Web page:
My “Christmas” décor is already secular. I no longer put up a creche or an advent wreath. I suspect that once my parents are gone, I will shift even further, make it explicitly a seasonal, present-free, family dinner. A get-together celebrating the year that has passed. A “Festivus for the rest of us” in name as well as thought and deed.

It’s not that I don’t like Christmas things; I do. I like the lights. I like the sense of seasonal camaraderie. I like getting gifts. I like giving them, too. But I feel like I’m doing it under a false flag. I don’t celebrate Chanukah or Kwanzaa or Pancha Ganapati or Diwali or the solstice in December, so why should I celebrate Christmas? But history is hard to escape.

To announce I feel conflicted about celebrating Christmas would hurt my parents. And I wonder, am I doing any harm? After all, Christmas is also about family. It’s a day when we get together and try to get along. It’s a day when we try to show each other that yes, love is still there.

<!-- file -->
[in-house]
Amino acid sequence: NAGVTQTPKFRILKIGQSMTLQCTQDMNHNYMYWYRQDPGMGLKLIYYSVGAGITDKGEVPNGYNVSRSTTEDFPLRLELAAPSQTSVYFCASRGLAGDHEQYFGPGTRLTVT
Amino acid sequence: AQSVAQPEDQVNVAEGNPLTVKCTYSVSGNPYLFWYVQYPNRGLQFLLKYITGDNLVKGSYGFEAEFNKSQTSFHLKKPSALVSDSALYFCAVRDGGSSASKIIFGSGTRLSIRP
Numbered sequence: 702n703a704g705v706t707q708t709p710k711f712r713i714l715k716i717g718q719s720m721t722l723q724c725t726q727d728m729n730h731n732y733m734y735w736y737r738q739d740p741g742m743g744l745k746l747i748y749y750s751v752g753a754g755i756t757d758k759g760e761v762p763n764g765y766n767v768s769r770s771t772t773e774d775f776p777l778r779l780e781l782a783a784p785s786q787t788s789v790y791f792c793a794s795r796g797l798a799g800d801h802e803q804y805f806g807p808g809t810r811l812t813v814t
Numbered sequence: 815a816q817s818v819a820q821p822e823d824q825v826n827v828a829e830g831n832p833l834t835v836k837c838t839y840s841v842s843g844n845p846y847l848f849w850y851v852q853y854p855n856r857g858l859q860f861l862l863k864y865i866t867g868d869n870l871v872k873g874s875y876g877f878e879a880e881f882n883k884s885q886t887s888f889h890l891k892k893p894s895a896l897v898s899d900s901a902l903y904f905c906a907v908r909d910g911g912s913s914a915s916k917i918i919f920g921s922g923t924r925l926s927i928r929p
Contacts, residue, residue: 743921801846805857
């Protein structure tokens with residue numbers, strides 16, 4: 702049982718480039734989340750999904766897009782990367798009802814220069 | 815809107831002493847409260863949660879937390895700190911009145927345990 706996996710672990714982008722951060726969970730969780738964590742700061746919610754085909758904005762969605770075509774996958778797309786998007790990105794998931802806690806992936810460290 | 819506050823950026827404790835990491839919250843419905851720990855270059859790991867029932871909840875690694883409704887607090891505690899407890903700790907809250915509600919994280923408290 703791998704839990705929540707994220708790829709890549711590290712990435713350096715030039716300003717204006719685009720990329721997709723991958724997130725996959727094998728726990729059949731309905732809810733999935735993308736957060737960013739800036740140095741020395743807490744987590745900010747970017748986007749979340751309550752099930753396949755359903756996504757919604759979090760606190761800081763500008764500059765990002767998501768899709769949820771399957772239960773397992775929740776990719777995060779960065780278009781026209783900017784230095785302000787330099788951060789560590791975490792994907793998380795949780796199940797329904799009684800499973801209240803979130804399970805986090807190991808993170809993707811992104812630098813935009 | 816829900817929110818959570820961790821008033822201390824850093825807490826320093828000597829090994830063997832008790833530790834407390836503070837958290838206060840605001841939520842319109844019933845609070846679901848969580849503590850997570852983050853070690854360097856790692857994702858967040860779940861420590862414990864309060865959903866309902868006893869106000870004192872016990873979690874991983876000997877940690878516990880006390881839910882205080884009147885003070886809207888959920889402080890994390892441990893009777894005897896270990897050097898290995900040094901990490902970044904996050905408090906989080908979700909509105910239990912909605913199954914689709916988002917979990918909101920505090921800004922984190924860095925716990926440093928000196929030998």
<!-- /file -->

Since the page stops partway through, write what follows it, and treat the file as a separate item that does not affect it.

Continuing the traditions of my parents is also about respect. I can have a different point of view. I don’t have to go out of my way to bludgeon them with it. I could, but to what end exactly? What would taking a dogmatic stand accomplish? Should I demand that they greet me with “Happy Festivus” so as not to offend? It’s why I like “Happy Holidays”. December is a busy month, religious holiday-wise: “Happy Holidays” is nicely inclusive.